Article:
Devon County Council is expected to increase spending by just over 10% next financial year, with nearly half of the net inflation-level increase allocated to its underperforming children’s services.
The Conservative-run council intends to spend £696 million on service delivery from April, an increase of £66 million over this year, with final budget approval due next month.
Children’s services would receive an additional £32 million and adult social care an additional £27 million.
Spending on climate change, environment and transport would increase by £2.8 million and public health and communities by just £1 million.
However £50 million of spending reductions in other service areas are also planned.
Devon County Council’s children’s services were judged as inadequate by Ofsted in January 2020 and the Department of Education issued a statutory direction ordering the council to make improvements.
Further Ofsted monitoring and a review by the Children’s Commissioner for England followed.
In July last year a joint report by Ofsted and the Care Quality Commission highlighted significant concerns about Devon County Council’s services for children with special education needs and disabilities (SEND) following an inspection.
Devon County Council acknowledged its failings but in October the Department of Education found that while there had been some improvement the council was “still failing to perform to an adequate standard”.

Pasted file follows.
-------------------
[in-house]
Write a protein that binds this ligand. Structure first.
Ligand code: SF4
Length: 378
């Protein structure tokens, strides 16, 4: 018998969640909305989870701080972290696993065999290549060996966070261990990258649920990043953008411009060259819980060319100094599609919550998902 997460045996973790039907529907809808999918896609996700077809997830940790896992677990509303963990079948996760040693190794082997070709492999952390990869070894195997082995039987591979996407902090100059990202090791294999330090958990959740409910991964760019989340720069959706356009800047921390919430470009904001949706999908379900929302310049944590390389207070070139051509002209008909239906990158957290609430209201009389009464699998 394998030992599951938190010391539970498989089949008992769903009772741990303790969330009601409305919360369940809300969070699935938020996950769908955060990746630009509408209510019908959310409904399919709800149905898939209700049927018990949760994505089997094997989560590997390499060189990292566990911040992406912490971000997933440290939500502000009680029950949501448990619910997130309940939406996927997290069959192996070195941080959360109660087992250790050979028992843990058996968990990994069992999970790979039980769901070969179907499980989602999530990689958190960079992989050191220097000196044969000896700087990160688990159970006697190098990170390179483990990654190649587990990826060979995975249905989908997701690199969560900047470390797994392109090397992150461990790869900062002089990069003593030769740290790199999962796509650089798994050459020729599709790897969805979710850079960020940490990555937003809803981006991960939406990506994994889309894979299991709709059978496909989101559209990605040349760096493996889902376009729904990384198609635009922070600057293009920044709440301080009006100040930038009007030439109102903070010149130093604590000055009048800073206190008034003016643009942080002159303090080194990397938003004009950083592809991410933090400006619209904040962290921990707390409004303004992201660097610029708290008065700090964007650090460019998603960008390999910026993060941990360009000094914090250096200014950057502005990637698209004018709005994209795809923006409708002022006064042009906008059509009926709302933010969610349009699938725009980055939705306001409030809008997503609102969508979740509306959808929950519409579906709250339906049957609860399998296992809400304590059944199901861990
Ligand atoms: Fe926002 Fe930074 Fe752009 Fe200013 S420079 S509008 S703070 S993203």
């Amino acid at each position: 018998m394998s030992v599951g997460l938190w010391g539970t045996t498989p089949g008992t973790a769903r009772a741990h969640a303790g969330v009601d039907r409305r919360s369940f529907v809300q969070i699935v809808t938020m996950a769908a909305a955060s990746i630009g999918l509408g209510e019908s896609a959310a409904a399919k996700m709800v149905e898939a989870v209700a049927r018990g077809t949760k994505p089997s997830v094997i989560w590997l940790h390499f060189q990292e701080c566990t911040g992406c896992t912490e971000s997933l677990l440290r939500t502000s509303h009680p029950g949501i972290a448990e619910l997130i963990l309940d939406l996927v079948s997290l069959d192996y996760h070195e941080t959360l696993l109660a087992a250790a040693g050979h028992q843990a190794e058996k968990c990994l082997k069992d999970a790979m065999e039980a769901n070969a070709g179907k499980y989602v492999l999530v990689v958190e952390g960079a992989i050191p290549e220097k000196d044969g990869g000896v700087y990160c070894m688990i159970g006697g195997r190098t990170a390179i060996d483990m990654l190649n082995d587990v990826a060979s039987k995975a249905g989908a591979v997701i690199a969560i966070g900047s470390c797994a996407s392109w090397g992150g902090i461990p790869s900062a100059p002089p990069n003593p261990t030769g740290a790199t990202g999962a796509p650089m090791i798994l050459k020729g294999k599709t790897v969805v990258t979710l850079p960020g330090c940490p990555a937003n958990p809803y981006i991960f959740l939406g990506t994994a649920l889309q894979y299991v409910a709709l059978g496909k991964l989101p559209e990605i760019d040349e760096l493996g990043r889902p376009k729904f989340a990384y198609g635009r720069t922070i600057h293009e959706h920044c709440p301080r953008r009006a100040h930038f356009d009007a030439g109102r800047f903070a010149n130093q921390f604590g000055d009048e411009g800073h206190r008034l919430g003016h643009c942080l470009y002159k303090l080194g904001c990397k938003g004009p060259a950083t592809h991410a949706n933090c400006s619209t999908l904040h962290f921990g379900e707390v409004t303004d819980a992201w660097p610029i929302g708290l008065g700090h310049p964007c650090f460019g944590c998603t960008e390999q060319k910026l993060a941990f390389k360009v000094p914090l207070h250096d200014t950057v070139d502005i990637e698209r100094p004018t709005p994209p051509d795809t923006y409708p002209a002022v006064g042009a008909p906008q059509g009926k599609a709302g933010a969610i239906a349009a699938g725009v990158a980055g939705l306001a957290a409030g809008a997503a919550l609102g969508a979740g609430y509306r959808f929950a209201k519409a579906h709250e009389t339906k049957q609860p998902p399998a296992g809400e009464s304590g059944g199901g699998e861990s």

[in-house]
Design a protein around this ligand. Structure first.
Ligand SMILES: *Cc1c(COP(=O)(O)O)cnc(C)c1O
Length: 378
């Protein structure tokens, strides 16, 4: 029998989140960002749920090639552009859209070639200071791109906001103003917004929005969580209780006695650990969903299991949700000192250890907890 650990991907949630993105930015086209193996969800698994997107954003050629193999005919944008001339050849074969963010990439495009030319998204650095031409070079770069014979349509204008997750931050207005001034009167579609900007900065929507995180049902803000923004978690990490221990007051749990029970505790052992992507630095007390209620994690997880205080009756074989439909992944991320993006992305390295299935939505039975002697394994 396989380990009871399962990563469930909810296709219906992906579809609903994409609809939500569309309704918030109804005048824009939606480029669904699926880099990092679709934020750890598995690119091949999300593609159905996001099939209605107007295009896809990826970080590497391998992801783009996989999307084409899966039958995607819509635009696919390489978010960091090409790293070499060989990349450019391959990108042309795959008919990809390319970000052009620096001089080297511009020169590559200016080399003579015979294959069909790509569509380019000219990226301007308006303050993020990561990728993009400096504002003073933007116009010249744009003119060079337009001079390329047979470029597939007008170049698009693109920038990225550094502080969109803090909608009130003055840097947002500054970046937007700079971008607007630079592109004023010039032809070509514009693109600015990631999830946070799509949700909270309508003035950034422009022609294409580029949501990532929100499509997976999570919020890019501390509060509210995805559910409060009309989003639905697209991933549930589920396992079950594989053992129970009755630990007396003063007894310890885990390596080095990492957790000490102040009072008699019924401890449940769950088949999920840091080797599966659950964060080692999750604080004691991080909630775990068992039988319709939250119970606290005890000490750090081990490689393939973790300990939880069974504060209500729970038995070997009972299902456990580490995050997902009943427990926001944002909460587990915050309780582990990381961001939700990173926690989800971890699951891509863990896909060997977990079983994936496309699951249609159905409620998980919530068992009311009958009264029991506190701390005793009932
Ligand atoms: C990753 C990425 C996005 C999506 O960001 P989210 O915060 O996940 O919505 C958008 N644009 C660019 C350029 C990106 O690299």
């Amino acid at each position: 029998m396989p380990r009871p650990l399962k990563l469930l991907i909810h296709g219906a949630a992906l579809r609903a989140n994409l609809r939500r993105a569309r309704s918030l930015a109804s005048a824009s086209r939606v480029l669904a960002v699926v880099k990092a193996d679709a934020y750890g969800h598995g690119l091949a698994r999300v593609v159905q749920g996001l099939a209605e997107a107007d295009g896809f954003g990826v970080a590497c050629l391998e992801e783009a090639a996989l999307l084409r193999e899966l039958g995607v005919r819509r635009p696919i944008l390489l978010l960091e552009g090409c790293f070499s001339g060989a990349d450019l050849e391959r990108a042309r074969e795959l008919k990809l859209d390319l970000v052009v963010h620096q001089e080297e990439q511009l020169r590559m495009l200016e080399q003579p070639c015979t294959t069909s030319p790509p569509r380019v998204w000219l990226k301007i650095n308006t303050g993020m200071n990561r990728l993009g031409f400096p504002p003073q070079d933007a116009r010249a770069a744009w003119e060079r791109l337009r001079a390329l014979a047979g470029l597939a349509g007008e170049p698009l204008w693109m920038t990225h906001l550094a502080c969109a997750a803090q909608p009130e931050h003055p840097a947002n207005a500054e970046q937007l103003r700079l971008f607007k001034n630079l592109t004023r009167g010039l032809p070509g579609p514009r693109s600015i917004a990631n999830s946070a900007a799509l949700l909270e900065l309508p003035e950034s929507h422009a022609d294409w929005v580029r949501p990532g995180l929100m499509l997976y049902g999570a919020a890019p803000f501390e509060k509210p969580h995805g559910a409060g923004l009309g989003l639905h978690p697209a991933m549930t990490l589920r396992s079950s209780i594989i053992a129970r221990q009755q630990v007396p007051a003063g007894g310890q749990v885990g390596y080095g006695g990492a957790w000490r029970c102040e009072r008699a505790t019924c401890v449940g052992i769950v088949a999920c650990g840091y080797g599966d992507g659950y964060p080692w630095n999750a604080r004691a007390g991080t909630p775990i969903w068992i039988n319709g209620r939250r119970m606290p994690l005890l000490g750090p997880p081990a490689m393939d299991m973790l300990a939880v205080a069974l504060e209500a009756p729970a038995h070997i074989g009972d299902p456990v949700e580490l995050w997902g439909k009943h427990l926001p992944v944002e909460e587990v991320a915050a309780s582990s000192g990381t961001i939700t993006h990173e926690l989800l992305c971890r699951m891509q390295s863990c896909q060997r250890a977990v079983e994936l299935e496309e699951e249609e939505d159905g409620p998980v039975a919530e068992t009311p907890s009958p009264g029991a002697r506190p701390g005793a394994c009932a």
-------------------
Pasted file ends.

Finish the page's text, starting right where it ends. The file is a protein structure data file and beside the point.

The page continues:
Then in December the county council was told that its children’s services were considered the “third or fourth worst in the country” and would be taken into special measures and taken over by an independent trust if improvements were not made.
County council leader John Hart said last November that deep service cuts would have to be made without additional central government funding.
It now expects to overspend by £7 million this year, £26 million less than forecast after it reduced in-year spending.
The county council has also identified almost £50 million of spending reductions for next year, which will be laid out in its detailed budget next month.
County finance director Angie Sinclair called the combination of spending increases and reductions a “re-prioritisation” of its service delivery.
Conservative cabinet member Phil Twiss said he was certain that the target figures for the upcoming financial year were “both realistic and achievable”.
However Liberal Democrat opposition leader Julian Brazil said: “I think I probably heard him say that at the last budget and then within two months we were £30 million off [a predicted overspend].”
Labour group leader Carol Whitton also expressed scepticism that the county council’s books will balance either this year or next.